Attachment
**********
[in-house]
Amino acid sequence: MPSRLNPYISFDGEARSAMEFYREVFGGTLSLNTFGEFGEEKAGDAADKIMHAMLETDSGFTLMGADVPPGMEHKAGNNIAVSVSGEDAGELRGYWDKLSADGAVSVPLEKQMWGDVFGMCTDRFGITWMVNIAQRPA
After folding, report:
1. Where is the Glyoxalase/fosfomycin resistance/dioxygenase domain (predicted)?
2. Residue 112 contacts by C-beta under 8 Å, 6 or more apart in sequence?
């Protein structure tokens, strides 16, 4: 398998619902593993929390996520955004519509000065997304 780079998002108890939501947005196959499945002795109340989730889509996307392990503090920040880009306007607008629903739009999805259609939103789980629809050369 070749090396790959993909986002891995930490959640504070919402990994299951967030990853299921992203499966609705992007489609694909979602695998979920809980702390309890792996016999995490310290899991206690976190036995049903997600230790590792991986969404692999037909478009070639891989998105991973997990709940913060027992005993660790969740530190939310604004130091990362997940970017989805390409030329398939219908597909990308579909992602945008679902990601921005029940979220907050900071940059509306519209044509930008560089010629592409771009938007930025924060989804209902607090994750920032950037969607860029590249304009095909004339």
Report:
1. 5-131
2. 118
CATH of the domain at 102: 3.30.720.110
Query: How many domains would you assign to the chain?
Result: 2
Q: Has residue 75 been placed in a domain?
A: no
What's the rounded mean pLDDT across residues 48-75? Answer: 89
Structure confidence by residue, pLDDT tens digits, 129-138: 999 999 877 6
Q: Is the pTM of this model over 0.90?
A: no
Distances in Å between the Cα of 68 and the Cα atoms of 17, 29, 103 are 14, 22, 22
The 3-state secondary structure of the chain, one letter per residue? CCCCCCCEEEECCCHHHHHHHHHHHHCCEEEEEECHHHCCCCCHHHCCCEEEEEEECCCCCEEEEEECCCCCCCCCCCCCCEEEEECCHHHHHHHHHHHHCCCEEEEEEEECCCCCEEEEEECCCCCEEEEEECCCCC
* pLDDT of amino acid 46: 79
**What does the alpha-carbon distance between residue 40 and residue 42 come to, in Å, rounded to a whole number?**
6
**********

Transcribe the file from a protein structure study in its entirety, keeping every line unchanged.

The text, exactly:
[in-house]
Amino acid sequence: MPSRLNPYISFDGEARSAMEFYREVFGGTLSLNTFGEFGEEKAGDAADKIMHAMLETDSGFTLMGADVPPGMEHKAGNNIAVSVSGEDAGELRGYWDKLSADGAVSVPLEKQMWGDVFGMCTDRFGITWMVNIAQRPA
After folding, report:
1. Where is the Glyoxalase/fosfomycin resistance/dioxygenase domain (predicted)?
2. Residue 112 contacts by C-beta under 8 Å, 6 or more apart in sequence?
């Protein structure tokens, strides 16, 4: 398998619902593993929390996520955004519509000065997304 780079998002108890939501947005196959499945002795109340989730889509996307392990503090920040880009306007607008629903739009999805259609939103789980629809050369 070749090396790959993909986002891995930490959640504070919402990994299951967030990853299921992203499966609705992007489609694909979602695998979920809980702390309890792996016999995490310290899991206690976190036995049903997600230790590792991986969404692999037909478009070639891989998105991973997990709940913060027992005993660790969740530190939310604004130091990362997940970017989805390409030329398939219908597909990308579909992602945008679902990601921005029940979220907050900071940059509306519209044509930008560089010629592409771009938007930025924060989804209902607090994750920032950037969607860029590249304009095909004339």
Report:
1. 5-131
2. 118
CATH of the domain at 102: 3.30.720.110
Query: How many domains would you assign to the chain?
Result: 2
Q: Has residue 75 been placed in a domain?
A: no
What's the rounded mean pLDDT across residues 48-75? Answer: 89
Structure confidence by residue, pLDDT tens digits, 129-138: 999 999 877 6
Q: Is the pTM of this model over 0.90?
A: no
Distances in Å between the Cα of 68 and the Cα atoms of 17, 29, 103 are 14, 22, 22
The 3-state secondary structure of the chain, one letter per residue? CCCCCCCEEEECCCHHHHHHHHHHHHCCEEEEEECHHHCCCCCHHHCCCEEEEEEECCCCCEEEEEECCCCCCCCCCCCCCEEEEECCHHHHHHHHHHHHCCCEEEEEEEECCCCCEEEEEECCCCCEEEEEECCCCC
* pLDDT of amino acid 46: 79
**What does the alpha-carbon distance between residue 40 and residue 42 come to, in Å, rounded to a whole number?**
6